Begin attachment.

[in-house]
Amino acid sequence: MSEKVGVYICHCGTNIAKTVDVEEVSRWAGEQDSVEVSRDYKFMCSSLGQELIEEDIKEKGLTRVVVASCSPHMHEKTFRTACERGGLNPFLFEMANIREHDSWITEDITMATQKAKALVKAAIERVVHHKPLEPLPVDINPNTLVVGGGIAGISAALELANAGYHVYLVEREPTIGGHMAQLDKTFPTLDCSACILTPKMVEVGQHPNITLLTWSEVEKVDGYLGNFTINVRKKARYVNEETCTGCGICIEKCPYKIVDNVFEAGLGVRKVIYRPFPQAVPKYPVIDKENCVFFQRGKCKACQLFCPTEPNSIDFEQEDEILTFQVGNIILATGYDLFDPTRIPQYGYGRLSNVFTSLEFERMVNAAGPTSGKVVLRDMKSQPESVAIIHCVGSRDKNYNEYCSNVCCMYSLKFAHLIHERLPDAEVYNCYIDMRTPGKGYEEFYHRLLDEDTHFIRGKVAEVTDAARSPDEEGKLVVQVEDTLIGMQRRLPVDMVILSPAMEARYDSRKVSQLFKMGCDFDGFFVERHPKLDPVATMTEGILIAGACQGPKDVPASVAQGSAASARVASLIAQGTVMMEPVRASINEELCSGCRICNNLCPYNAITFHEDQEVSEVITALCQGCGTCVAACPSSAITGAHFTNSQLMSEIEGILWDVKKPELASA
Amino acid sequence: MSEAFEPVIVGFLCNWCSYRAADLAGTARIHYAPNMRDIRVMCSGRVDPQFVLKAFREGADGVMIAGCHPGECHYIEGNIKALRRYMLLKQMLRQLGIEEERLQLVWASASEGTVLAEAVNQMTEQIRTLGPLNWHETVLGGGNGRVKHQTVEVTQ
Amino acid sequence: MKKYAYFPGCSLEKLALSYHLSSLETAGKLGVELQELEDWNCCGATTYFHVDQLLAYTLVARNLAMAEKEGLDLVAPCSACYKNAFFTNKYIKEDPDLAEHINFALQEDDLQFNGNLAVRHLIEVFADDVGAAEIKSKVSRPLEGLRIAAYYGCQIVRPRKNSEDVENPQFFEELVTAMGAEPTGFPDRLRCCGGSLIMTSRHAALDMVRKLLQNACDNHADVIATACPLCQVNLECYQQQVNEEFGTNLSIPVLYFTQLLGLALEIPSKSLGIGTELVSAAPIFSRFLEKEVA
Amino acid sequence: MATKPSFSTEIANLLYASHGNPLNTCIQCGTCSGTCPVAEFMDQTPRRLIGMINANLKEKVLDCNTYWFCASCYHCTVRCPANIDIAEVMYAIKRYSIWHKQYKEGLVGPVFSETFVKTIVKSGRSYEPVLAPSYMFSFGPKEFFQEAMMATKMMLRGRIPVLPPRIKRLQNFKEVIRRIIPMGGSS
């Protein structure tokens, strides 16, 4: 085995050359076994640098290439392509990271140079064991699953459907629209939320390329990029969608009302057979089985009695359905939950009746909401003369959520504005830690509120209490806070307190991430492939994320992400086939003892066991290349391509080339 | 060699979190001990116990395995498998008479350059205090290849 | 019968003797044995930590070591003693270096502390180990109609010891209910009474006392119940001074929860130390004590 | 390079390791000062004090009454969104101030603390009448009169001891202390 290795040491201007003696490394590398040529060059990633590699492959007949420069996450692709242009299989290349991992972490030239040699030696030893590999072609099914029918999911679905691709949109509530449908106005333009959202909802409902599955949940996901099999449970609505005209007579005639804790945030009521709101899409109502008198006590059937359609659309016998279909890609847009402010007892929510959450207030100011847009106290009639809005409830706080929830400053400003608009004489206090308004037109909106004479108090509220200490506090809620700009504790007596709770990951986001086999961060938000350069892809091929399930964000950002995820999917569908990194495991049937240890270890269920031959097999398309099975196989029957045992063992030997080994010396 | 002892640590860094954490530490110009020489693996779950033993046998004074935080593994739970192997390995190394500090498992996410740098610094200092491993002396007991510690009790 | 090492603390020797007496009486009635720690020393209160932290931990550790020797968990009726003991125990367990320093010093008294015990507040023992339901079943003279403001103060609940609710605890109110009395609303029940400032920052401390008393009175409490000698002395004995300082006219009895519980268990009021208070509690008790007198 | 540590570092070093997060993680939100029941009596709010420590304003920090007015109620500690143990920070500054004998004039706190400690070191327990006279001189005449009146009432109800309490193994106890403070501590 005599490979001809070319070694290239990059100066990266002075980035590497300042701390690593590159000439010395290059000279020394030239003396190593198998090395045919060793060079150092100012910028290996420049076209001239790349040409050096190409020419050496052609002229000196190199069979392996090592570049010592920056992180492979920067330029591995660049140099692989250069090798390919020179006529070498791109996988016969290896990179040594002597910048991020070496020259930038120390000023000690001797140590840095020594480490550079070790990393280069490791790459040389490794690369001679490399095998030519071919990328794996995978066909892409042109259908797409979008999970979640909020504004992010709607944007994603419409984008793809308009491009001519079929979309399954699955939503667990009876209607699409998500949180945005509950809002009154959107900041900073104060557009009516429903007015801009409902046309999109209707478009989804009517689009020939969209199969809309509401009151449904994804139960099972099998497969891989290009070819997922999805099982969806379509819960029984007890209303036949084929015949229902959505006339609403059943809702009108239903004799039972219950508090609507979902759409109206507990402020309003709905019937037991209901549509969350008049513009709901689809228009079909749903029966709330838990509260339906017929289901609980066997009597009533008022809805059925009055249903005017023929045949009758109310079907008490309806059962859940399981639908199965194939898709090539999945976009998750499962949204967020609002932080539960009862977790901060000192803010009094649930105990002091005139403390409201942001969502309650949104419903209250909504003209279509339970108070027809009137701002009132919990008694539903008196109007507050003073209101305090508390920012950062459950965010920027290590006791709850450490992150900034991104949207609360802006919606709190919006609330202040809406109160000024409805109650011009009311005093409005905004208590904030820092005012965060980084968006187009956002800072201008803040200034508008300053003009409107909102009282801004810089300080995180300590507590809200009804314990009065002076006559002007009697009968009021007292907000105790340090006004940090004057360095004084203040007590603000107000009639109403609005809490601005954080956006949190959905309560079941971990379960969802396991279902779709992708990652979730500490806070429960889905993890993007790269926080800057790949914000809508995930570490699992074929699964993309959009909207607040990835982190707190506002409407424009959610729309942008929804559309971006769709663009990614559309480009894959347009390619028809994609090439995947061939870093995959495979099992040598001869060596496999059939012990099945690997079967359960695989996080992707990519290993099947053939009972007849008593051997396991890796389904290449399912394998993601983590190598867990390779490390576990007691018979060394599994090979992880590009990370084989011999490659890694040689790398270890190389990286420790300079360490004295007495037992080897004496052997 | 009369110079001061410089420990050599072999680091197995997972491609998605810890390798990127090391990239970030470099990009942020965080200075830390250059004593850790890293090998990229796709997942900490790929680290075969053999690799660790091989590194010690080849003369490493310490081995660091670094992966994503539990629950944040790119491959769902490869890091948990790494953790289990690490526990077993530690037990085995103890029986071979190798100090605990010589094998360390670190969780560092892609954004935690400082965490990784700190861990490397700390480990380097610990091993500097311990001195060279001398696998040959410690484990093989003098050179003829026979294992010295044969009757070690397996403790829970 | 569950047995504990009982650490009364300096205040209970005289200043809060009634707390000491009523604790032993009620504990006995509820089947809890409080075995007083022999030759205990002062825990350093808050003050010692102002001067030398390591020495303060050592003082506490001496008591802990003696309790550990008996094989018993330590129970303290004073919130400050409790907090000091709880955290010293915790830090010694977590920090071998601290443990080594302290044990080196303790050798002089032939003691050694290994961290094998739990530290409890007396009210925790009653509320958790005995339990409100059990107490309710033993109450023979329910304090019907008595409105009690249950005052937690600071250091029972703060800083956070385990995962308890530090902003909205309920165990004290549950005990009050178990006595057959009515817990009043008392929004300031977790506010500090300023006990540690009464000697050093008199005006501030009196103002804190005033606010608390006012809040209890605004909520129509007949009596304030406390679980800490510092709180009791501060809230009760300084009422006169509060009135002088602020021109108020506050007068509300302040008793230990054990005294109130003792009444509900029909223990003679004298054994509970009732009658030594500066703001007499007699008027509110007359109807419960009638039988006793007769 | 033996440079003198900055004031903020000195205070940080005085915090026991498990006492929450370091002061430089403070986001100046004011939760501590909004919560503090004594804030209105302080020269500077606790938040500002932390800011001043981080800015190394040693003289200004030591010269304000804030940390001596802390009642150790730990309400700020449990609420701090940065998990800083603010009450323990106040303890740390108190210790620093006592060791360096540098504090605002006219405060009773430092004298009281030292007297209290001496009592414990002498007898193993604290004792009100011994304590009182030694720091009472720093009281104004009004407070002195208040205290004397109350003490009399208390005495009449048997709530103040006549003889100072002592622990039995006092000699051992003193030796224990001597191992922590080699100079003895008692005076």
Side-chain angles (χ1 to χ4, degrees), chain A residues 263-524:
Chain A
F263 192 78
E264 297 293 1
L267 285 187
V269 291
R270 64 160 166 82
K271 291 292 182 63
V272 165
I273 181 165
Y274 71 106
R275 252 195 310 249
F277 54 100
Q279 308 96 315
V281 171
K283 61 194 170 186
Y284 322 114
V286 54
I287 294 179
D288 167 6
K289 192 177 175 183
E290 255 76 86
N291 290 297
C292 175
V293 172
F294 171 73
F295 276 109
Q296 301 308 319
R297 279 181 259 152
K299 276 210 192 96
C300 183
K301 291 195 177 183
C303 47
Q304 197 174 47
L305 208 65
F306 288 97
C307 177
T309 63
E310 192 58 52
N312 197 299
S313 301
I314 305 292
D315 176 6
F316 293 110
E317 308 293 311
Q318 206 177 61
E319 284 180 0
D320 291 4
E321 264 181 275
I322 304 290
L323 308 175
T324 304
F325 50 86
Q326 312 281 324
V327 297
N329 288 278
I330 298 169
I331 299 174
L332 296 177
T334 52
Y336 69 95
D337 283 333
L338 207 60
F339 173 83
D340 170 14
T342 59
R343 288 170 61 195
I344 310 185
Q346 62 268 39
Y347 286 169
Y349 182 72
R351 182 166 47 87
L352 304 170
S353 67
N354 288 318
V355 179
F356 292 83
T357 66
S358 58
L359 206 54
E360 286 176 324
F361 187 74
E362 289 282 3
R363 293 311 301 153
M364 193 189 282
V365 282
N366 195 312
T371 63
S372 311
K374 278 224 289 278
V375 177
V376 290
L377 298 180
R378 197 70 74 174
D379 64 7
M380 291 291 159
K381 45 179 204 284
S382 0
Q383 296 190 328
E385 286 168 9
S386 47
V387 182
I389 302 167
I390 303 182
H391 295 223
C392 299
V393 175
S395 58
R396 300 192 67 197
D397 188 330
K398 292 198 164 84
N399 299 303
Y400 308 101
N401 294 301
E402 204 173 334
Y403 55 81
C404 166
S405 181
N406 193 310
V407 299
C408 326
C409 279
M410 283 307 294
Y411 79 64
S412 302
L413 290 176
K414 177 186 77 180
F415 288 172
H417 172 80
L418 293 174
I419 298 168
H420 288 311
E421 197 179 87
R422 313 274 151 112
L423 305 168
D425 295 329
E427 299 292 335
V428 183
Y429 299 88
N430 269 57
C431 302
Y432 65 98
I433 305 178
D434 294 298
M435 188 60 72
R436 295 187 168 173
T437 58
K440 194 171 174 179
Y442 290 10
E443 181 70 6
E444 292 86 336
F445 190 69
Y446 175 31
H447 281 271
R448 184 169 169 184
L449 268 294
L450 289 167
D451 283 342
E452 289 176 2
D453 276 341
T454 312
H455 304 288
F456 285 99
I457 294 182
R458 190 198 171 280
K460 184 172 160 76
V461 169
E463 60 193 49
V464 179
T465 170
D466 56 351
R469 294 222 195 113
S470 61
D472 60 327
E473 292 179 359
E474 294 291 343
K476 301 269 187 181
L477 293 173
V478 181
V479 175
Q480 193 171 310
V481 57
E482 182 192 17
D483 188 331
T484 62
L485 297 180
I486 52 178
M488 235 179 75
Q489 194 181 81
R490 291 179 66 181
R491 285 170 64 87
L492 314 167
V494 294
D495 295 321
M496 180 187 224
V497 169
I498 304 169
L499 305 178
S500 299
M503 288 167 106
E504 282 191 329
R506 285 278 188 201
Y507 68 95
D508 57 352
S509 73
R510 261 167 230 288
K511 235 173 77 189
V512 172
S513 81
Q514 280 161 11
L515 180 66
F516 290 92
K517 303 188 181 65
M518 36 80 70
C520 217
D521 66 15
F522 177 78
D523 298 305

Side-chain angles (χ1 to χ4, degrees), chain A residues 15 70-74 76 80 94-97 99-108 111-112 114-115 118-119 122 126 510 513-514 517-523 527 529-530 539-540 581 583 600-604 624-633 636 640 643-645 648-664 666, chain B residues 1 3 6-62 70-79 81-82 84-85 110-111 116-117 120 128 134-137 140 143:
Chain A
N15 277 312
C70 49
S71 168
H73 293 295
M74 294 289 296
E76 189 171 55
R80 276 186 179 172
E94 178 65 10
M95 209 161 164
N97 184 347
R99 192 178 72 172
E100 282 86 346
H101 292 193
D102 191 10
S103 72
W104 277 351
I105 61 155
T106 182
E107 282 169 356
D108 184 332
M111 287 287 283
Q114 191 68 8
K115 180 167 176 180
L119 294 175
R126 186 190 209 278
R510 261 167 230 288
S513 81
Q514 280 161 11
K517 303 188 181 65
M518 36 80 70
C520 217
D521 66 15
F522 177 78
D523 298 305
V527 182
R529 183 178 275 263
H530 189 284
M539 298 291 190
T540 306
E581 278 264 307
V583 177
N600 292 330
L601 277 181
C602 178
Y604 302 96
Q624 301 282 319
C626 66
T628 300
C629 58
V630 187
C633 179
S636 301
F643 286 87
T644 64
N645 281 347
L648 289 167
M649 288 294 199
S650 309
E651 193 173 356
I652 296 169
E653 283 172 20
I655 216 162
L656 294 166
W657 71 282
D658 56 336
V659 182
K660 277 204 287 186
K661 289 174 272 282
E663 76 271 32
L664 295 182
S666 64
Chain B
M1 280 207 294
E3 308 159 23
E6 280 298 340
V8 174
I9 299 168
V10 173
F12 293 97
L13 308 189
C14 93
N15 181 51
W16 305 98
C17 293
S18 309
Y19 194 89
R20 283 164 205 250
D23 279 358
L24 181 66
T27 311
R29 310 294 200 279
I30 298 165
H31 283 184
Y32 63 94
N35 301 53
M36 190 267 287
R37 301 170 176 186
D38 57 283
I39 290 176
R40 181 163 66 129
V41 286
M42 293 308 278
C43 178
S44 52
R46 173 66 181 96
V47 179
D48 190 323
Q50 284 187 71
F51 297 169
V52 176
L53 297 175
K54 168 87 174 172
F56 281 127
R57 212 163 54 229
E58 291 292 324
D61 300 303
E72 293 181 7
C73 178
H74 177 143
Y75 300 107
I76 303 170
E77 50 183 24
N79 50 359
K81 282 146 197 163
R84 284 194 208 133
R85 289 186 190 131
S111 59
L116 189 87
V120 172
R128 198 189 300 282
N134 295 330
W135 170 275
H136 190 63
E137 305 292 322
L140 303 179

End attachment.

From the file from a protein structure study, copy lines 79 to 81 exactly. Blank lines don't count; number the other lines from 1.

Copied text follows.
L352 304 170
S353 67
N354 288 318